Speaker: Johanna Tamminen

Affiliation: Professor of Atmospheric Remote Sensing, Finnish Meteorological Institute

Place of Seminar: University of Helsinki

Slides, Video

Noise2Noise: Learning Image Restoration without Clean Data

Date: October 29, 2018

Abstract: We apply basic statistical reasoning to signal reconstruction by machine learning–learning to map corrupted observations to clean signals–with a simple and powerful conclusion: under certain common circumstances, it is possible to learn to restore signals without ever observing clean ones, at performance close or equal to training using clean exemplars. We show applications in photographic noise removal, denoising of synthetic Monte Carlo images, and reconstruction of MRI scans from undersampled inputs, all based on only observing corrupted data. These results have significant implications for ease of training high-performance image restoration models and certain inverse problem solvers.

Joint work with Jacob Munkberg, Jon Hasselgren, Timo Aila, Tero Karras, Samuli Laine, and Miika Aittala.

Speaker: Jaakko Lehtinen

Affiliation: Professor of Computer Science, Aalto University

Place of Seminar: Seminar Room T5, Konemiehentie 2, Aalto University

Slides, Video

Human-guided data exploration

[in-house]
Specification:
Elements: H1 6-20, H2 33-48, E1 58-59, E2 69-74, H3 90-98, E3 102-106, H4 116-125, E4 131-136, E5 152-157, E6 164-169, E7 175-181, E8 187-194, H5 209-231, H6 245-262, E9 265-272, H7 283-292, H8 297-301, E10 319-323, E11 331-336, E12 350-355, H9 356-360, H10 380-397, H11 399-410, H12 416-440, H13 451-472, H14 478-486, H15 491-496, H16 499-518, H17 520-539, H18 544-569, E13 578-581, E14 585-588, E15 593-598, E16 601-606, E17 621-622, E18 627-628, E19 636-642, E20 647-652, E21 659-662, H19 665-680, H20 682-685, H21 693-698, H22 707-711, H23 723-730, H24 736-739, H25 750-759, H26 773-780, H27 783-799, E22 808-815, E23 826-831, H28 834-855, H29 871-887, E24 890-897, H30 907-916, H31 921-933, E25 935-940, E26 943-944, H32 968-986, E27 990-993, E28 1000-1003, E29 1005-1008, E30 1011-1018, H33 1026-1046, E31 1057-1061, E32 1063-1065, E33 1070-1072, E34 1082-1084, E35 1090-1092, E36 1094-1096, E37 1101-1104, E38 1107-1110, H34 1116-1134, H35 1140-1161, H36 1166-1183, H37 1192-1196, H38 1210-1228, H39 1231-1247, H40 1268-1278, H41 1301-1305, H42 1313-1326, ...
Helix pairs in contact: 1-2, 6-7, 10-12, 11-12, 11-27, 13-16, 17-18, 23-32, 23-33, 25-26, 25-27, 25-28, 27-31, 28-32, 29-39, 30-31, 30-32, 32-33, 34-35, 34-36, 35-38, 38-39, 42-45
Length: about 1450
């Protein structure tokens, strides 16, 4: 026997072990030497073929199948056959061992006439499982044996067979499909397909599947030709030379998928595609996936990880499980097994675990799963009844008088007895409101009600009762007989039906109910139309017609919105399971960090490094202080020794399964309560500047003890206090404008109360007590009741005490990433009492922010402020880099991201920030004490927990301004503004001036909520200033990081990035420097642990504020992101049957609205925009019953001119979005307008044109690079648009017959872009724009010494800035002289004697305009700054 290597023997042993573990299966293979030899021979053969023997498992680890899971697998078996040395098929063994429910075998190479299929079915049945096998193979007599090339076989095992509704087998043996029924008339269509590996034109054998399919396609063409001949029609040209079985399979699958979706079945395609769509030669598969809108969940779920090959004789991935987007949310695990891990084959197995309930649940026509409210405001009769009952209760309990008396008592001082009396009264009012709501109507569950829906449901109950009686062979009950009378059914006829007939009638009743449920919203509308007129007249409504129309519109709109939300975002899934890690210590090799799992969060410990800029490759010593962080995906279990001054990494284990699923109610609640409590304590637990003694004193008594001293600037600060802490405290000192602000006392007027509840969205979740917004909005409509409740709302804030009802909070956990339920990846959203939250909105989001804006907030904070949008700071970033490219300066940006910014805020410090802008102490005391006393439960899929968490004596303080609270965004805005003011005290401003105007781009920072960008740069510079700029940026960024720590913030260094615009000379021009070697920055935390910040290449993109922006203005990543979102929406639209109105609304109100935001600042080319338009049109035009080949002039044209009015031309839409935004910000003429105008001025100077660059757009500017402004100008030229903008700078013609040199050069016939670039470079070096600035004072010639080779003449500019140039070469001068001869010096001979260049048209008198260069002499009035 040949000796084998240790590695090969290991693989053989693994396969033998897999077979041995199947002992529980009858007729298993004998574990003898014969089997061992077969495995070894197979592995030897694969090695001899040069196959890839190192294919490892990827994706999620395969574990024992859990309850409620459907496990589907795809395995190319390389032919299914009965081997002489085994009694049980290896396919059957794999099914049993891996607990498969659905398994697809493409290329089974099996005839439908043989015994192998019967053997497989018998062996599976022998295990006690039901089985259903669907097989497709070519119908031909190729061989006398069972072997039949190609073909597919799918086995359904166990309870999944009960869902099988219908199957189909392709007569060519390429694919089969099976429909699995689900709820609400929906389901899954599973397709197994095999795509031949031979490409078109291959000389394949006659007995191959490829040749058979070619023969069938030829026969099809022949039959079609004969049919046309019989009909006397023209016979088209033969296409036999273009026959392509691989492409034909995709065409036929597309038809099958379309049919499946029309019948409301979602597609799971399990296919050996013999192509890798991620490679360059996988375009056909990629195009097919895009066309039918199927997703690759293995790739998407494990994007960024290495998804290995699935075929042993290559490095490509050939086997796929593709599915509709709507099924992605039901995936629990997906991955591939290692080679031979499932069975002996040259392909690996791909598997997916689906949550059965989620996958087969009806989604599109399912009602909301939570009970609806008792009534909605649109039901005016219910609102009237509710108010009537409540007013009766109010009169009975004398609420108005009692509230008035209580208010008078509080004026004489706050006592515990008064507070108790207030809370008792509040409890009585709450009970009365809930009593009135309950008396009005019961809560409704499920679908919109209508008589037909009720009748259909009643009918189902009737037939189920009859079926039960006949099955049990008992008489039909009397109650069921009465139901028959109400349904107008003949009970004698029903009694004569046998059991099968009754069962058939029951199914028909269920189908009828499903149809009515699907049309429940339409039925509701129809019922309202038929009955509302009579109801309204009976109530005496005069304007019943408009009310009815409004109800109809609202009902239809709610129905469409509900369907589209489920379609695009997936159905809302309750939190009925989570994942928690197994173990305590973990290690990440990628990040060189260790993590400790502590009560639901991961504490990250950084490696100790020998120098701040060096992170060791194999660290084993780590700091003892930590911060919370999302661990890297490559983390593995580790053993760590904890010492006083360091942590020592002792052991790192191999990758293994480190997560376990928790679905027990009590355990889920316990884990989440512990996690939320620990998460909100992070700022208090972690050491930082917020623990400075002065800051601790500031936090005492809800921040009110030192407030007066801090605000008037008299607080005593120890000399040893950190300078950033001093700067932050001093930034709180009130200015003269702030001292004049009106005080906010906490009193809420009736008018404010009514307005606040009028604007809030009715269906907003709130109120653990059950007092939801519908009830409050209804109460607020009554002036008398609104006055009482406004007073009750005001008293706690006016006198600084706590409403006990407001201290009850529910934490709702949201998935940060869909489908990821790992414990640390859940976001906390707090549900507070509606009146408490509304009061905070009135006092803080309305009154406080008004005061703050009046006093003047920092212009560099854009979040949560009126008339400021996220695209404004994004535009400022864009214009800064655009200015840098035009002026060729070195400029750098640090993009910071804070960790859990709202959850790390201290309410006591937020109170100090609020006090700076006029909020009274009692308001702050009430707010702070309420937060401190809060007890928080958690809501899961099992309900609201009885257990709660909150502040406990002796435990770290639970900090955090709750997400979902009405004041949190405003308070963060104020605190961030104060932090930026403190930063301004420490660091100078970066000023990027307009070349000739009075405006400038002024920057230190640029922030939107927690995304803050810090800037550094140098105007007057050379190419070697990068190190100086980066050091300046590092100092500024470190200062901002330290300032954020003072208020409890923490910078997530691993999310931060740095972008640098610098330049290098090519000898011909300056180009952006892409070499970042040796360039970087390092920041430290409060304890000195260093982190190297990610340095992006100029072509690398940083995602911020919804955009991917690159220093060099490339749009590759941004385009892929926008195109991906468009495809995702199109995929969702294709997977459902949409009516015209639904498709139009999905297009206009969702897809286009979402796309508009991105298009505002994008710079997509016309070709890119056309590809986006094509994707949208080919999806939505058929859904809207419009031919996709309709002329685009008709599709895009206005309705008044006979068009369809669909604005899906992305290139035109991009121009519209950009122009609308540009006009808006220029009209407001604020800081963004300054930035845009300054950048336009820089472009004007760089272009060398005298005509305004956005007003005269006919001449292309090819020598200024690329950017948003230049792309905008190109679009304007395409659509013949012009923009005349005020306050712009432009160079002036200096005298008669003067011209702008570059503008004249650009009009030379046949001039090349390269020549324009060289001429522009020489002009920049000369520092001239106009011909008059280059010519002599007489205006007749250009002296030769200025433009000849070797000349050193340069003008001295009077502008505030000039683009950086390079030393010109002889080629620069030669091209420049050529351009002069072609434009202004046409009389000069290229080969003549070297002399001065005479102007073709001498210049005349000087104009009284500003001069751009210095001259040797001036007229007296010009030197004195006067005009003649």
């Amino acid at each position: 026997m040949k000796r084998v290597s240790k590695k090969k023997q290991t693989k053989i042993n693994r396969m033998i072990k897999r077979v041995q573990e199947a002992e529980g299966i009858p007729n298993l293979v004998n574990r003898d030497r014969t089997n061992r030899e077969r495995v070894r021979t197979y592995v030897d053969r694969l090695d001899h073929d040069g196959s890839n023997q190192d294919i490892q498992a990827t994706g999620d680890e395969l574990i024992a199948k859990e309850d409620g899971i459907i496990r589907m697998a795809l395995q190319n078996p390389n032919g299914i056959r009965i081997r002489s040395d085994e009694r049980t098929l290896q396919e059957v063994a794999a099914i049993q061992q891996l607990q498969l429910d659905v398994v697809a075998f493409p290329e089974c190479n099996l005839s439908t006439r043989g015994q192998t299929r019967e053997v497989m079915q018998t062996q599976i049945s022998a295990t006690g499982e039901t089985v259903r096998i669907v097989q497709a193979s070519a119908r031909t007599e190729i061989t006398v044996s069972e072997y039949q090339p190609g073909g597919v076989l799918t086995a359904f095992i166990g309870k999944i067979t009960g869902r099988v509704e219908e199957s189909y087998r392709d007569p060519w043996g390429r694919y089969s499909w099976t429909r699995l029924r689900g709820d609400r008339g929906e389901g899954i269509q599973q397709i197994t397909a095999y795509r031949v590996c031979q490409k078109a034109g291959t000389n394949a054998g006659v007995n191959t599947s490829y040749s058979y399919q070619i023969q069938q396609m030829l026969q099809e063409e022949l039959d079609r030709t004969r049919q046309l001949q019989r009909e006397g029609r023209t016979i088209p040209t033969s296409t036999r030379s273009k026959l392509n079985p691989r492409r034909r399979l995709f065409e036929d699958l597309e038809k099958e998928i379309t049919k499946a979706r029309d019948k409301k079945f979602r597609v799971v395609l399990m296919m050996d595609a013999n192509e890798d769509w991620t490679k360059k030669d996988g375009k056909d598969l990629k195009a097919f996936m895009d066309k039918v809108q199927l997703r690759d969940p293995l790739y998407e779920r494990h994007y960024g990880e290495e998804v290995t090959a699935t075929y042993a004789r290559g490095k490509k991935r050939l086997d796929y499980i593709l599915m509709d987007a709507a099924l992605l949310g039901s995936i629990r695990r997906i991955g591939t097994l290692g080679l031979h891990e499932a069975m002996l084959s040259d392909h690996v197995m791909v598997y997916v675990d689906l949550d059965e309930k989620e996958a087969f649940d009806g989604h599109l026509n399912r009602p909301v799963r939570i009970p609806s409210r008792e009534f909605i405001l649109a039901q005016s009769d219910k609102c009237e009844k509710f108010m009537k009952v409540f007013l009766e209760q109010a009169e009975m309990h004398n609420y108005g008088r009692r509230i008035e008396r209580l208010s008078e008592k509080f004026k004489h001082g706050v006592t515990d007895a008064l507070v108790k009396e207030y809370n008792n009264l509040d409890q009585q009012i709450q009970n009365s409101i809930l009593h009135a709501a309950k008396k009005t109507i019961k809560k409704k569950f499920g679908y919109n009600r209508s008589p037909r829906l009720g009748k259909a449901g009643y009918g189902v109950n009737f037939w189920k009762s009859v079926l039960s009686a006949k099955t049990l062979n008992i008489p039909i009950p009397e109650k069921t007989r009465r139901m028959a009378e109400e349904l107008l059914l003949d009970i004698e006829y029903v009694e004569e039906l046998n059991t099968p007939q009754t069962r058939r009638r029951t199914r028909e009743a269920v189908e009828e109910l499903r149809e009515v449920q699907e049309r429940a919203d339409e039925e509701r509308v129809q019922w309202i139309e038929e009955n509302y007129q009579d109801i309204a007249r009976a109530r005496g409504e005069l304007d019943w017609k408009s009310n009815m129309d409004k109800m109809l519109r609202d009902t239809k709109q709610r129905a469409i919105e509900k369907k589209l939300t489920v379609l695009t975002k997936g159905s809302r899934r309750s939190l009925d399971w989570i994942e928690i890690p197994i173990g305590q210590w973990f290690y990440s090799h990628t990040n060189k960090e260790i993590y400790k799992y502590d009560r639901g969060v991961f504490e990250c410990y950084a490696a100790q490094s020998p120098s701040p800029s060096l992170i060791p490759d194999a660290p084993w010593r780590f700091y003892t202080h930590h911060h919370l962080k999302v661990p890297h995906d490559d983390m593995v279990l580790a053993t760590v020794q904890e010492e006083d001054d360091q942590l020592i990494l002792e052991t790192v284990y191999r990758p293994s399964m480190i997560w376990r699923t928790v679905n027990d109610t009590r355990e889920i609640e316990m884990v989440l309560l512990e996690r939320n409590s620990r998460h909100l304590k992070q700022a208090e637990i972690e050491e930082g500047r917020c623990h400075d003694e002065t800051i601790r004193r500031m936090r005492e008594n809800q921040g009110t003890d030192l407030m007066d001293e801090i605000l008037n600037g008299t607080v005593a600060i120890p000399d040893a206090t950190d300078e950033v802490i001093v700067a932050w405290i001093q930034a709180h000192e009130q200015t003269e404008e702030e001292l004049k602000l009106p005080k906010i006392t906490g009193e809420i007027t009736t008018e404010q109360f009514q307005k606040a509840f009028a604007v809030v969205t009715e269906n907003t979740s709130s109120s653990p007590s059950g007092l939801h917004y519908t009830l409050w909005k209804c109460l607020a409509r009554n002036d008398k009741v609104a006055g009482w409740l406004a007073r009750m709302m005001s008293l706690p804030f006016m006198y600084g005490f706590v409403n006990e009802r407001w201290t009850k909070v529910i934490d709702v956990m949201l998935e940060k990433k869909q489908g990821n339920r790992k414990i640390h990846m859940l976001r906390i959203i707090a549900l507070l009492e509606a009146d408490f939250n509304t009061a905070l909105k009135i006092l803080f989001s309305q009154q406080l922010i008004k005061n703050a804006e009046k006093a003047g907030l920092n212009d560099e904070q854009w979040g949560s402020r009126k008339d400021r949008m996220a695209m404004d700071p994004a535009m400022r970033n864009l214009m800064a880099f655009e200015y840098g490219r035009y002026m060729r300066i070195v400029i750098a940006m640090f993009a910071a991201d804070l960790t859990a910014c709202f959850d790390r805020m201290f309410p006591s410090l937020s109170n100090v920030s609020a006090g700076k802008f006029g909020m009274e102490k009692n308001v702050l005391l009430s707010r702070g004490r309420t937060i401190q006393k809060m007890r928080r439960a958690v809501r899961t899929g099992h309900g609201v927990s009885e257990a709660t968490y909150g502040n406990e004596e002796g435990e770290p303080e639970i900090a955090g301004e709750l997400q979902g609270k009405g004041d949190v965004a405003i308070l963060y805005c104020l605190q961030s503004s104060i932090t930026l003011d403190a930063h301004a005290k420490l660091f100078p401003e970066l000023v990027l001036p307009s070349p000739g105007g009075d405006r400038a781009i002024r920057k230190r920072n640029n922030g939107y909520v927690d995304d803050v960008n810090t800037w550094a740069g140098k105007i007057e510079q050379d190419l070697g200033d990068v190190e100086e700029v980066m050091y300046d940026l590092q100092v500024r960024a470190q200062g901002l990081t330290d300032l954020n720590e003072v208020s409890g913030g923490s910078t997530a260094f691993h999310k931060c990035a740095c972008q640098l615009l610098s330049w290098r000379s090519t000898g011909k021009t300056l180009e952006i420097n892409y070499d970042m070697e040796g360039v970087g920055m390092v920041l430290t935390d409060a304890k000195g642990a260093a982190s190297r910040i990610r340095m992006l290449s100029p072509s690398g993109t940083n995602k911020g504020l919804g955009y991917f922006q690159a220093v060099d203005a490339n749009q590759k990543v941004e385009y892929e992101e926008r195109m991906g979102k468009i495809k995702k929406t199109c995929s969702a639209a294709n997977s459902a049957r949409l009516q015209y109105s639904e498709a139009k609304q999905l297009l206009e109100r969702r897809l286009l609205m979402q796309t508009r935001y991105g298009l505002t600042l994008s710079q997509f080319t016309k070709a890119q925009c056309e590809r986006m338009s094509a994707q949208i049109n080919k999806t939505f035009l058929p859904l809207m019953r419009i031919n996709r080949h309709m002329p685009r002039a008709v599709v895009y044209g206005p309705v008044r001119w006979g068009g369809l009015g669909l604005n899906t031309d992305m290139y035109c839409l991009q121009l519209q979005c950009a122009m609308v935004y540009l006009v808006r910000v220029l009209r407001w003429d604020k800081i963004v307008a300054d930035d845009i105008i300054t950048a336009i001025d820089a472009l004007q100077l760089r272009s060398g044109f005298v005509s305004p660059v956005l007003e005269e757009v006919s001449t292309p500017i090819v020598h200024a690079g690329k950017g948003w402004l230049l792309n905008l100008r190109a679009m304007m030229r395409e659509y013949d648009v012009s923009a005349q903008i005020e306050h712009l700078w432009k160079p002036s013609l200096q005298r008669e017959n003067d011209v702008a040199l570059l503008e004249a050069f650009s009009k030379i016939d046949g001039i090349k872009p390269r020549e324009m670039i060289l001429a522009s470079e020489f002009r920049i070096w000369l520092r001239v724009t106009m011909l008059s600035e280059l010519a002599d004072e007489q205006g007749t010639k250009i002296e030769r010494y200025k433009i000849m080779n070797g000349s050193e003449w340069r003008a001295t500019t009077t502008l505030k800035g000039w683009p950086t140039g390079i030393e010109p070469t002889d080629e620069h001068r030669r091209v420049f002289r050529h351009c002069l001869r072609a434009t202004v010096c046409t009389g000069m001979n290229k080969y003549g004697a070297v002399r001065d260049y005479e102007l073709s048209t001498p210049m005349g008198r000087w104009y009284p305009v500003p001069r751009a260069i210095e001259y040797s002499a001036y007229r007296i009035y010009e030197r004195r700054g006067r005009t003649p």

Date: October 22, 2018

Abstract: The outcome of the explorative data analysis (EDA) phase is vital for successful data analysis. EDA is more effective when the user interacts with the system used to carry out the exploration. A good EDA system has three requirements: (i) it must be able to model the information already known by the user and the information learned by the user, (ii) the user must be able to formulate the objectives, and (iii) the system must be able to show the user views that are maximally informative about desired features data that are not already know for the user. Furthermore, the system should be fast if used in interactive system. We present the Human Guided Data Exploration framework which satisfies these requirements and generalizes previous research,. This framework allows the user to incorporate existing knowledge into the exploration process, focus on exploring a subset of the data, and compare different complex hypotheses concerning relations in the data. The framework utilises a computationally efficient constrained randomization scheme. To showcase the framework, we developed a free open-source tool, using which the empirical evaluation on real-world data sets was carried out. Our evaluation shows that the ability to focus on particular subsets and being able to compare hypotheses are important additions to the interactive iterative data mining process.

For references see:
Puolamäki Kang, Lijffijt, De Bie, 2016, Interactive Visual Data Exploration with Subjective Feedback. In Proc ECML PKDD, https://doi.org/10.1007/978-3-319-46227-1_14
Puolamäki, Oikarinen, Kang, Lijffijt, De Bie, 2018. Interactive Visual Data Exploration with Subjective Feedback: An Information-Theoretic Approach. In Proc ICDE 2018, https://arxiv.org/abs/1710.08167
Puolamäki, Oikarinen, Atli, Henelius, 2018. Human-guided data exploration using randomization. https://arxiv.org/abs/1805.07725

Speaker: Kai Puolamäki

Affiliation: Professor of Computer Science, University of Helsinki

Place of Seminar: University of Helsinki

Slides, Video

Natural Language Inference with Multilingual Supervision

Date: October 15, 2018